Here's How 8 People Celebrate and Embrace Their Emotions—From Joy to Worry
May 23, 2018
We all know those not-so-cute feelings—the ones we’re often tempted to suppress, because we’re not as comfortable sitting with them. That feeling of obsessive worry when we replay something we said. That feeling of overwhelming guilt when we realize we’ve let a friend down. That feeling of shame when we bomb a presentation.
Research shows that our usual defense mechanism for uncomfortable emotions is typically rejection—but it can do more harm than good. In fact, over time, trying to suppress negative emotions actually makes those emotions more powerful in our lives.
And in our gut, we know this, right? Most of us want to process our range of emotions, but we can fall victim to the, “Cool, I’m just going to puuuush this feeling under the rug until the next Game of Thrones season comes out—in 10 years.”
Culturally, we need a record-scratch-kinda-reset.
We need to encourage ourselves, and others, to embrace, and even celebrate, the very thing that makes us human: our emotions.
Imagine if we celebrated not just joy and gratitude, but feelings like worry, vulnerability, and so on. Imagine if we, as a community, rallied around the value in feeling and growing from it.
As part of our All the Feels Mental Health Month campaign, we wanted to bring that dream to life.
We teamed up with The Confetti Project—Jelena Aleksich's New York-based photography series that douses amazing humans with confetti—to capture entrepreneurs, writers, comedians, and influencers embracing the full range of their feelings, from amazement to worry to awkwardness.
What does our “dark side” of emotions have to do with confetti? More than you think:
“It's dangerous to put a hierarchy on emotions,” Aleksich says. “To strive to be ‘happy’ all the time really reduces the complexity of the human condition, because we all have the capacity to feel dozens of emotions on any given day or even moment—no matter who we are.”
For Aleksich, this series shows high-achieving individuals—people you may recognize from Instagram or Netflix—feeling all the feelings, even the tougher ones we so often try to hide.
“I want people to look at these photos and their stories and let go of any shame they have about their own mental health,” Aleksich says. “To remind themselves when they are feeling a certain way that someone else in the history of humanity has felt that way to some degree and that it does not define them.”
Check out the photos and stories below from the All The Feels photo series, and learn how to turn your feels—the good and the not-so-good—into your superpower.
I celebrate contentment
As someone who has lived with depression and anxiety, I feel like I've experienced emotions close to the vest. In some sense, I've muted the range of my emotions in front of other people, but I also love the ability to connect with others in a way that's authentic. In comedy, I feel like I can essentially be myself and do that.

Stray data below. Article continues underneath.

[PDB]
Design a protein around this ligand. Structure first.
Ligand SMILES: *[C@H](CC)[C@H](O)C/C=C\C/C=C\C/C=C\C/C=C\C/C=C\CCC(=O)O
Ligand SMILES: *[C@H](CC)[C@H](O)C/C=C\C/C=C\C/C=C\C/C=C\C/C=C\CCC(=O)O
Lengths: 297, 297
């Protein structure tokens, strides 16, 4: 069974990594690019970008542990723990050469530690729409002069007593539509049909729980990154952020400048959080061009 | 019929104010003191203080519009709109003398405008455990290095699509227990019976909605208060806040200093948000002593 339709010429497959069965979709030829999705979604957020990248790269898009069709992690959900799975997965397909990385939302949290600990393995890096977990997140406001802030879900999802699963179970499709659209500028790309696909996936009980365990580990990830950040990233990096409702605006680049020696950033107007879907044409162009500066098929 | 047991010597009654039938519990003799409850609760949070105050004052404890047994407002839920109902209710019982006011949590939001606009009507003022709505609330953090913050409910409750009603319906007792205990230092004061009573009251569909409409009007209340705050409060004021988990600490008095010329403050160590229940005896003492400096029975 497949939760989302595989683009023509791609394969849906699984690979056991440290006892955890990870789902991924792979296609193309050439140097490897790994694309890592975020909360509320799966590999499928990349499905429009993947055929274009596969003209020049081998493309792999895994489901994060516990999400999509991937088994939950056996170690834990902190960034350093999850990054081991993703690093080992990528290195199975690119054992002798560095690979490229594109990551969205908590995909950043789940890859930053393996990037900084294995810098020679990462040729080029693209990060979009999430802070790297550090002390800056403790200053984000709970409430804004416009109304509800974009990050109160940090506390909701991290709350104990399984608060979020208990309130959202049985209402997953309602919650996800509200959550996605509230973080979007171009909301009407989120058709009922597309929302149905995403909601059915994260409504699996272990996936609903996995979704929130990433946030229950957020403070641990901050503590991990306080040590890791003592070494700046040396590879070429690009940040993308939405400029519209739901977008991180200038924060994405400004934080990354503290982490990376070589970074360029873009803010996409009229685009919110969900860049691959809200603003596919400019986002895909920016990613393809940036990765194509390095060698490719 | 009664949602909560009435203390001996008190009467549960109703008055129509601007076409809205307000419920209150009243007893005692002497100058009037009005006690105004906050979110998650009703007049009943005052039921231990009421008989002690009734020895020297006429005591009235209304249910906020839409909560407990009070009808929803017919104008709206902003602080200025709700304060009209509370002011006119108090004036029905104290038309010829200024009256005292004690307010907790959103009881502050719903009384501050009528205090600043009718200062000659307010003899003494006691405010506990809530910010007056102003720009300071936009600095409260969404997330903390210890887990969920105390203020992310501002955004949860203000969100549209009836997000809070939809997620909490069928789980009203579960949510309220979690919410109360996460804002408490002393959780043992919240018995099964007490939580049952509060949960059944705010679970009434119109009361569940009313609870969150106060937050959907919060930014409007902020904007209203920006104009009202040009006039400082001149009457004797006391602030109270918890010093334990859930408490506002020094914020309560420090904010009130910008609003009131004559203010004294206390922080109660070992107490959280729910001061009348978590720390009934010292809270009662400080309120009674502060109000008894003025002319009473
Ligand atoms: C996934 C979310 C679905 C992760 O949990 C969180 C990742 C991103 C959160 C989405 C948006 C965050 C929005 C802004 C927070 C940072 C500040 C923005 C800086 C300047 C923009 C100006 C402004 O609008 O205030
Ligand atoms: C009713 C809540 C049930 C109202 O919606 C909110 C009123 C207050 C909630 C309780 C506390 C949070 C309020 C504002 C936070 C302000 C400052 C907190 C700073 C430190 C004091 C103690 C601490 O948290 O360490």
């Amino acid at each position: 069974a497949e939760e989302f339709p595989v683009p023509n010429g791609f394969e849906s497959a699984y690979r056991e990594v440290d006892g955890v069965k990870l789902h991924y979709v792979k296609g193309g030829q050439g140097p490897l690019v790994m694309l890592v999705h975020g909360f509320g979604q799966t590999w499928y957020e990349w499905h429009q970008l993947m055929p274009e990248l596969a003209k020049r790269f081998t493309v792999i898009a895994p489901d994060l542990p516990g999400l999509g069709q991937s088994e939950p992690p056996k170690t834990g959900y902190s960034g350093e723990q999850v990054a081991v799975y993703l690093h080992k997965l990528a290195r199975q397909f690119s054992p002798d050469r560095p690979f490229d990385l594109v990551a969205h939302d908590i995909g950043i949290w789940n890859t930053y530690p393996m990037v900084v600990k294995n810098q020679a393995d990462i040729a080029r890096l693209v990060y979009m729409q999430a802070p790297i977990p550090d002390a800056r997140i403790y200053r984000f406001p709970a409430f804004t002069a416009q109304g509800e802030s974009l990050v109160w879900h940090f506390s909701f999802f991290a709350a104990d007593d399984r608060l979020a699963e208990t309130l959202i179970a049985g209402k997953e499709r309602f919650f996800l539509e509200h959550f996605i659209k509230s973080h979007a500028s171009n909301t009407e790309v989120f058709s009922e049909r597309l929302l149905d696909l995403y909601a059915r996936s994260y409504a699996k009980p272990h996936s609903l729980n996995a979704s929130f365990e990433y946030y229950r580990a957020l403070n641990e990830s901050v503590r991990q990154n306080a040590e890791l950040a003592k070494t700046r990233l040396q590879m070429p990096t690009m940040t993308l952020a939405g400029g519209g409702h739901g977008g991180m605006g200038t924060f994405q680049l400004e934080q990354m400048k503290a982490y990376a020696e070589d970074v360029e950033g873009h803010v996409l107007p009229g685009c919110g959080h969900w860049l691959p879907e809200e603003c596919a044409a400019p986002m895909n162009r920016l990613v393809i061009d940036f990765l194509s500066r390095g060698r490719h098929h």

I especially appreciate when I feel connected to people. That usually helps me feel joyful or content in the world. Even just sharing a laugh with friends— that's such a grounding moment for me. As someone who still deals pretty regularly with depression and anxiety, I've learned to appreciate those moments where everything is more neutral and at ease. It's an ongoing up and down so when it is an equilibrium it's very nice.
I celebrate awkwardness
I just spent two years writing something that I initially tried to write as a sort of “anti-awkwardness” book. But now I feel kind of protective over this odd little emotion. It can be so useful, if you look at it in the right light. I think awkwardness is the realization that people can see through the version of yourself you’re trying to present to the world.
Say you’ve been walking importantly around your office all day, going from meeting to meeting, and it’s only at the end of the day that you realize your fly has been down the whole time. That kind of thing. It’s not the most pleasant feeling, to see yourself in an unflattering light, and realize everyone else has been seeing you that way all day, too. But I think these moments could be looked at slightly differently: they’re the times when our real, unpolished selves slip through our carefully crafted personas.
I celebrate worry
I worry all the time—and I hate worrying all the time. I worry about ruining the time I have. We live a very privileged life in this country. Sometimes, when there isn't so much to worry about, you start to invent it. I think part of it is human, part of it is survival.
The hardest thing I try to work on is to stop myself while worrying. It's like when you're having a bad dream, and you can stop yourself from the dream and say, “Wake up.” My coach, Kate Payne, always says to me, “Fear is false evidence appearing real.” What evidence do you really have that X or Y is going to happen? I try to practice that everyday. If you stop yourself while worrying, you can realize: none of this has happened, so I truly don't need to worry about it.